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Expansion of Online Transactional Capability

35% 30% 25% 20% 15% 10% 5% 0% Geographical coverage

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Product coverage


GLOBALISATION


GLOBALISATION

• 17 % TARGETING ALL FIVE REGIONS (EMEA, N&S AMERICA, ASIA AND PACIFIC) • 37% TARGETING 2 OR MORE REGIONS

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THE RETAIL MARKET IN FRANCE OCTOBER 2010


Economic context


Macro economic environment

The retail market in France

A weak and unstable consumption: households’ expenses in manufactured products increased in July, but fell in August   Households’ confidence has slightly picked up but remains further from its longterm average   Retailers’ cashflow is improving very slowly   Occupancy costs are considered high, especially in shopping centres, but also in the city-centre   A downward pressure on sales density (turnover/sq. m pa) due to the weak trend in sales, reduced footfall and the Internet   The cannibalisation effect of e-commerce is more and more noticeable. Sales could rise from €31 Bn in 2010 to €46 Bn in 2012

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Households’ confidence index 20

The retail market in France

10

0

-10

Long-term average -20

-30

-40

-50 1994 1995 1996 1997 1998 1999 2000 2001 2002 2003 2004 2005 2006 2007 2008 2009 2010

Source : INSEE

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Consumption will increase slightly

Trend in households' consumption The retail market in France

4%

3%

2%

1%

0% 00

Source : INSEE, CPE

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01

02

03

04

05

06

07

08

09

10 (f)

11 (f)


e-commerce did not experience a crisis Trend in B2C e-commerce turnover (in billion â‚Ź) The retail market in France

50

40

30

20

10

0 2000 Source : Fevad

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2001

2002

2003

2004

2005

2006

2007

2008

2009

2010 (f) 2011 (f) 2012 (f)


Fall in sales

The retail market in France

Average turnover per sq. m and by business sector of the 100 top retailers per category in France in 2009 Sector

Turnover / sq. m pa

Annual trend

€8,946

-7,00%

DIY / gardening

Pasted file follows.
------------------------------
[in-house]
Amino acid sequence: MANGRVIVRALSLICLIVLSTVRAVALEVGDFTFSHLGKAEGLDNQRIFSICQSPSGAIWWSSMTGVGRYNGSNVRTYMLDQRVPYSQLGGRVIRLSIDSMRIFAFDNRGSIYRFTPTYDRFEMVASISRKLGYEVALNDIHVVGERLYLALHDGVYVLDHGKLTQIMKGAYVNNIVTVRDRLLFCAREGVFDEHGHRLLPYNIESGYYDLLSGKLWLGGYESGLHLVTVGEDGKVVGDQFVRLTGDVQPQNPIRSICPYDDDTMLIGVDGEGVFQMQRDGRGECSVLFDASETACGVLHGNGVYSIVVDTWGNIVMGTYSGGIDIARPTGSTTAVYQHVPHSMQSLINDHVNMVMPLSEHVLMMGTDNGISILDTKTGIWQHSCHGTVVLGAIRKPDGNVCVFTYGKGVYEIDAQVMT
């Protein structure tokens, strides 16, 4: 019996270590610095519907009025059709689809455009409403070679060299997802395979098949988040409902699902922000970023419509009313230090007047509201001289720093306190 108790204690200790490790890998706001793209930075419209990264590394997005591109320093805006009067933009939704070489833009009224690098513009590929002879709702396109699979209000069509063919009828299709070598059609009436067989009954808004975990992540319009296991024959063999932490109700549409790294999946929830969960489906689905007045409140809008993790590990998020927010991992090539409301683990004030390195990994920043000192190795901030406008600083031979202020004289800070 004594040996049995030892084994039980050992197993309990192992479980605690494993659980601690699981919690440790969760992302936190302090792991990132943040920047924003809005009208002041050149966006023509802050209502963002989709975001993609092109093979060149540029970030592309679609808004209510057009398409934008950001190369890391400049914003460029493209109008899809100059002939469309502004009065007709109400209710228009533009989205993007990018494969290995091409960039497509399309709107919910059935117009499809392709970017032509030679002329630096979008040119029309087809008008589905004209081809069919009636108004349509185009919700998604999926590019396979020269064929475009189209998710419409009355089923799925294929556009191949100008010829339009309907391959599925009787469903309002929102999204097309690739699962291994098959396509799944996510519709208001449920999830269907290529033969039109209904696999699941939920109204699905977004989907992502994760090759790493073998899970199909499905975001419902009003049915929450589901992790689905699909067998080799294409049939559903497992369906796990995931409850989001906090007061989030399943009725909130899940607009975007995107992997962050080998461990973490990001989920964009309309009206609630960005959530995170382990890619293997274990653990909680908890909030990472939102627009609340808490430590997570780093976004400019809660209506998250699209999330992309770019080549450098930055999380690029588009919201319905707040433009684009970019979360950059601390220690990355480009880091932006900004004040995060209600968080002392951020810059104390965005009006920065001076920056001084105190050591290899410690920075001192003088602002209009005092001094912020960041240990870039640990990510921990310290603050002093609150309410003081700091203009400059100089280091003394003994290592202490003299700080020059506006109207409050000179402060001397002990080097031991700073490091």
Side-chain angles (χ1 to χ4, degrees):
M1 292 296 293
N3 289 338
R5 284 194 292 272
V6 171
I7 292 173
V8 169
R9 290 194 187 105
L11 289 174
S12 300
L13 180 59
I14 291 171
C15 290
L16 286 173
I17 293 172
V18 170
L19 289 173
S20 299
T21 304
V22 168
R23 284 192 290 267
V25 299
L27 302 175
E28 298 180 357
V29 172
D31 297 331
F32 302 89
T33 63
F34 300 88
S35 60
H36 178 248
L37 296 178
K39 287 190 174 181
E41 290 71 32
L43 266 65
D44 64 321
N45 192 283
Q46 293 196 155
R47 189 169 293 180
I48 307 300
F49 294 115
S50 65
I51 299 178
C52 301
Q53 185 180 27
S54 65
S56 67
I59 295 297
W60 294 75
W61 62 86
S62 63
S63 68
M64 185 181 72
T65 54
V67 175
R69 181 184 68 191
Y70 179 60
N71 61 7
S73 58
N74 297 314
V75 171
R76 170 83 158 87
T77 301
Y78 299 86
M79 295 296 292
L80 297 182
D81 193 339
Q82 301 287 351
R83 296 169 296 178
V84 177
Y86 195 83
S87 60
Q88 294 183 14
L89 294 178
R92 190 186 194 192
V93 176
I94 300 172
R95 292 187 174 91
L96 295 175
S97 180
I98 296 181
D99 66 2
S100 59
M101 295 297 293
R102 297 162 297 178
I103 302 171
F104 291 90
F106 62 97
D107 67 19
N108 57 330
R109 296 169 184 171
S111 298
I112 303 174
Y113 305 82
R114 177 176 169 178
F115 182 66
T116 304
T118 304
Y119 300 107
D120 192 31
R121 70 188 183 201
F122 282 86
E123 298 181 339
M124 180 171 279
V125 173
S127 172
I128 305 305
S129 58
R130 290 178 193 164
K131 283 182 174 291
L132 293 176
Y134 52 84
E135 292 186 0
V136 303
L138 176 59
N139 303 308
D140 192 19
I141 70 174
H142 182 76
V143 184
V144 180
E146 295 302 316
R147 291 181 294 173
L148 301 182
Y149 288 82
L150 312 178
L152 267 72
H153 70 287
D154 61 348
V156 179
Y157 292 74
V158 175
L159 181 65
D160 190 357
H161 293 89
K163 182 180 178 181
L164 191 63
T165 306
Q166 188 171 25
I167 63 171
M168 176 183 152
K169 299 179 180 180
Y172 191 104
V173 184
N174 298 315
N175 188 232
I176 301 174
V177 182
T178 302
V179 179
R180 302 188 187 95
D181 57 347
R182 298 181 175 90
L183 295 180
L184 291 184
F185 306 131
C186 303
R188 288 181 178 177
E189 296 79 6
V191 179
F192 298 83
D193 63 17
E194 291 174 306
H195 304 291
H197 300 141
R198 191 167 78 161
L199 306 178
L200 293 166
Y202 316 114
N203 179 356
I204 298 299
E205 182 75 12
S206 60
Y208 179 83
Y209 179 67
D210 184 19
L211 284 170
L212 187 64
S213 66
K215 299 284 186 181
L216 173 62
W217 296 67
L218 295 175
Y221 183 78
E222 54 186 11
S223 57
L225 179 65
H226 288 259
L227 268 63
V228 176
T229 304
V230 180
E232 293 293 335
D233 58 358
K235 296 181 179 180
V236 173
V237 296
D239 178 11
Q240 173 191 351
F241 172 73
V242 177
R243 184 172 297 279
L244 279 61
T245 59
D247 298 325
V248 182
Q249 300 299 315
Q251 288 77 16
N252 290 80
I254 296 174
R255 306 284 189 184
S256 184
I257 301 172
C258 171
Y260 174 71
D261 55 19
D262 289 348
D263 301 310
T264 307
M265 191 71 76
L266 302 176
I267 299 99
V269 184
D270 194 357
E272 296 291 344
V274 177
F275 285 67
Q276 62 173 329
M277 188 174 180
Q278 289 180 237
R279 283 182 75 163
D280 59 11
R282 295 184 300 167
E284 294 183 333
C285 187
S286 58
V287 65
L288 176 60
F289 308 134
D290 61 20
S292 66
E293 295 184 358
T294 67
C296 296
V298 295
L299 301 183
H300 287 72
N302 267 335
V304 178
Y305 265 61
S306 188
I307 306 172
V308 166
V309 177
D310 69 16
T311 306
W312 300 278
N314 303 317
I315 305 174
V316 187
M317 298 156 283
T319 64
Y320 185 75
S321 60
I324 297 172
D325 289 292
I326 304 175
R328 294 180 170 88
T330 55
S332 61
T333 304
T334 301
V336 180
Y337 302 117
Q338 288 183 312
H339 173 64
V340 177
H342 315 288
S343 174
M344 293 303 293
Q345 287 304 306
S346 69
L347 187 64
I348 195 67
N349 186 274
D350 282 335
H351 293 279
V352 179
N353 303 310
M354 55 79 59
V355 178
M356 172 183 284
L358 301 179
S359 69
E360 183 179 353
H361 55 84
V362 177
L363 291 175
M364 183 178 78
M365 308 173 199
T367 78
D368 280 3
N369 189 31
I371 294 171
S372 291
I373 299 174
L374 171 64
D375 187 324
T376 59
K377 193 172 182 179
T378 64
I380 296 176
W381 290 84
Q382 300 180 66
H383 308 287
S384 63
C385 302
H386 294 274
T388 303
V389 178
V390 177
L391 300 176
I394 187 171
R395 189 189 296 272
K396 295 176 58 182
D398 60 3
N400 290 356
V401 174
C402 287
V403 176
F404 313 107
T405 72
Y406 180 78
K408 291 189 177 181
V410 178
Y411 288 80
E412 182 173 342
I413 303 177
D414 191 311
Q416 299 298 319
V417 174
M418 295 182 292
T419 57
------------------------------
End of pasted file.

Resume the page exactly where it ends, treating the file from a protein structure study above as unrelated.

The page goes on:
€2,216

-3,30%

Personal goods

€4,403

-2,40%

€8,564

-2,30%

€4,099

-7,50%

Sport

€3,776

-0,50%

Department stores

€5,580

-6,20%

Car centres

€3,201

-3,20%

Total sample

€6,537

-5,90%

Supermarkets, hard discount retailers, superstores

Household goods Culture, games, multimedia

Source : LSA

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Footfall in French shopping centres

3%

2.5% 1.8%

2% 0.8%

-2%

-1.7%

-3%

-2.2%

-2.5%

-2.8%

-2.9%

-4% -4.3%

-5%

-4.7%

-6% -7%

-4.8%

-4.8%

-5.5% -6.8%

-6.8%

-8% -9% -10%

Source : CNCC

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-8.4%

-6.7%

Jul-10

Jun-10

Apr-10

Mar-10

Feb-10

Jan-10

Dec-09

Nov-09

Oct-09

Sep-09

Aug-09

Jul-09

Jun-09

May-09

Apr-09

Mar-09

Feb-09

-1%

May-10

-0.3%

0% Jan-09

The retail market in France

1%

1.7%


Trend in stock of shopping centres A trend far more slow than that for the whole retail market

16,000,000 sq. m

The retail market in France

14,000,000 sq. m

12,000,000 sq. m

10,000,000 sq. m

8,000,000 sq. m

6,000,000 sq. m

4,000,000 sq. m

2,000,000 sq. m

0 sq. m 2003 Source : Panorama TradeDimensions

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2004

2005

2006

2007

2008

2009


A sensitive trend in turnover Trends in turnover of the Procos panel* of retailers

The retail market in France

(compared to the previous year, on a comparable basis)

5% 4% 3% 2% 1% 0% 2004

-1%

2005

2006

2007

2008

2009

-2% -3% -4%

City-centre and shopping centres

-5%